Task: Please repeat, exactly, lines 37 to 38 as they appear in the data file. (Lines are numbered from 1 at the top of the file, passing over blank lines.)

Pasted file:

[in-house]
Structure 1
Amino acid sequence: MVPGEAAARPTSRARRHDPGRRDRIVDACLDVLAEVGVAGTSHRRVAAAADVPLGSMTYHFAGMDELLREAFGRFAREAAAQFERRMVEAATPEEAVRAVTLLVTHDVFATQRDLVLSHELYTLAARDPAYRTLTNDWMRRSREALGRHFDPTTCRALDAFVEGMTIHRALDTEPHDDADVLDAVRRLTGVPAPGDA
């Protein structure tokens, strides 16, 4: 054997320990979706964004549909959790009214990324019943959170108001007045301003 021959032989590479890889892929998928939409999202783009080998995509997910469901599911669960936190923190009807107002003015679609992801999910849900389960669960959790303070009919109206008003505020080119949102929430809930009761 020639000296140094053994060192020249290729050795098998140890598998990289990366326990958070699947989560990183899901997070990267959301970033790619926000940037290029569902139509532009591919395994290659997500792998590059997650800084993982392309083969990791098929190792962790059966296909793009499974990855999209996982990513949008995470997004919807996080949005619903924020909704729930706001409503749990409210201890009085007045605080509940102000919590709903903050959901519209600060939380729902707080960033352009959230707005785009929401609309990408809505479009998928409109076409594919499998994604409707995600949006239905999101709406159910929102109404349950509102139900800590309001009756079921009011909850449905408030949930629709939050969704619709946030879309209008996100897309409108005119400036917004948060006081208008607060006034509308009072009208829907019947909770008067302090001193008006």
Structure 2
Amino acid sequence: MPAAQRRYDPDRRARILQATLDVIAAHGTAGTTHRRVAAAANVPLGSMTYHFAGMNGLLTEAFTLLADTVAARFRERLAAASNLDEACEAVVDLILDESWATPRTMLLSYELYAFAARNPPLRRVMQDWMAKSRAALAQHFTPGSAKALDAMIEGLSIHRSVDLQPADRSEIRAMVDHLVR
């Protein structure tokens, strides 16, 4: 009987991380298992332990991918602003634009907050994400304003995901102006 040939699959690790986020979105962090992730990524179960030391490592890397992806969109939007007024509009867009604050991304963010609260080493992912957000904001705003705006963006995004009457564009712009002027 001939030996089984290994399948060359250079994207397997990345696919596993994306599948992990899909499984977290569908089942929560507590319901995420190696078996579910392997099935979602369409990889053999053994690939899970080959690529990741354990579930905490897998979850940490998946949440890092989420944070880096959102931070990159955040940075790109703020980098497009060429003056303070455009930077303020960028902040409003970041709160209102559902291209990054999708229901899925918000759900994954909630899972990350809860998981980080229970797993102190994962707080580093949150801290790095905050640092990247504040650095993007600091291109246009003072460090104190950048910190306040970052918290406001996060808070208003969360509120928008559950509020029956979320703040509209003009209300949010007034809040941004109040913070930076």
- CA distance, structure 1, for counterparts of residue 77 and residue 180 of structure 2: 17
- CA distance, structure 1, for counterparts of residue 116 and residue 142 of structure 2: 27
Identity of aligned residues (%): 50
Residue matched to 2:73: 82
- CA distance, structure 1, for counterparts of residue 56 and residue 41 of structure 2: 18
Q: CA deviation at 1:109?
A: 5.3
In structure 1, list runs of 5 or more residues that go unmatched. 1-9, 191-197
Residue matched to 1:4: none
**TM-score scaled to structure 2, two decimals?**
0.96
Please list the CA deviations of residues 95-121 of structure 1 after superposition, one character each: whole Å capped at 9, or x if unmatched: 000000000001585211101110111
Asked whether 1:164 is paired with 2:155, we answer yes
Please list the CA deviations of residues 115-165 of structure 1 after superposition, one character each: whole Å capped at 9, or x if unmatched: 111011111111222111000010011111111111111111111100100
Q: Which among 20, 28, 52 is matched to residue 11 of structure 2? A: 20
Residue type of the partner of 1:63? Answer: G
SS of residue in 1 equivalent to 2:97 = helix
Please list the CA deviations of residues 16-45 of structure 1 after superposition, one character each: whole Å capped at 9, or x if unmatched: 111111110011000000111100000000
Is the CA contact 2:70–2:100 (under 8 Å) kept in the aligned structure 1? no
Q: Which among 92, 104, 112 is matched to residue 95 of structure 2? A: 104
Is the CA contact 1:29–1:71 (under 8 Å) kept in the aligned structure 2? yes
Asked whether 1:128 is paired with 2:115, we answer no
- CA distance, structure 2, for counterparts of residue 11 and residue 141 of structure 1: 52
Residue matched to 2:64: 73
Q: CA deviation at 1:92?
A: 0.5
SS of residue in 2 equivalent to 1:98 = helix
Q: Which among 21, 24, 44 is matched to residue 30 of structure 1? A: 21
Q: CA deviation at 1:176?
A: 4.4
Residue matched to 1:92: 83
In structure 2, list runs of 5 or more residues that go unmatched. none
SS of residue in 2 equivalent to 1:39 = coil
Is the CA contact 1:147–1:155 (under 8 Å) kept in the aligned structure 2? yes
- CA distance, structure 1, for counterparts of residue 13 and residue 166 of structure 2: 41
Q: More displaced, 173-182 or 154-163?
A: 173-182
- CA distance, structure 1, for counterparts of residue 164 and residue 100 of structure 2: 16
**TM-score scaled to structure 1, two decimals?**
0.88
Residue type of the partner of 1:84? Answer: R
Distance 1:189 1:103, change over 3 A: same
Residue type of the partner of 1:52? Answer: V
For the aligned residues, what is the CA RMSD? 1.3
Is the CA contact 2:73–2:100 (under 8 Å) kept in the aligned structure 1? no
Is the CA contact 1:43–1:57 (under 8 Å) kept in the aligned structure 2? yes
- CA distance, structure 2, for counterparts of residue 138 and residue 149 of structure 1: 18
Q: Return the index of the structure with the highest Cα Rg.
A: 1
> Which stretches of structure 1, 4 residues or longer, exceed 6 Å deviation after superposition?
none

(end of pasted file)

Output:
A: 4.4
Residue matched to 1:92: 83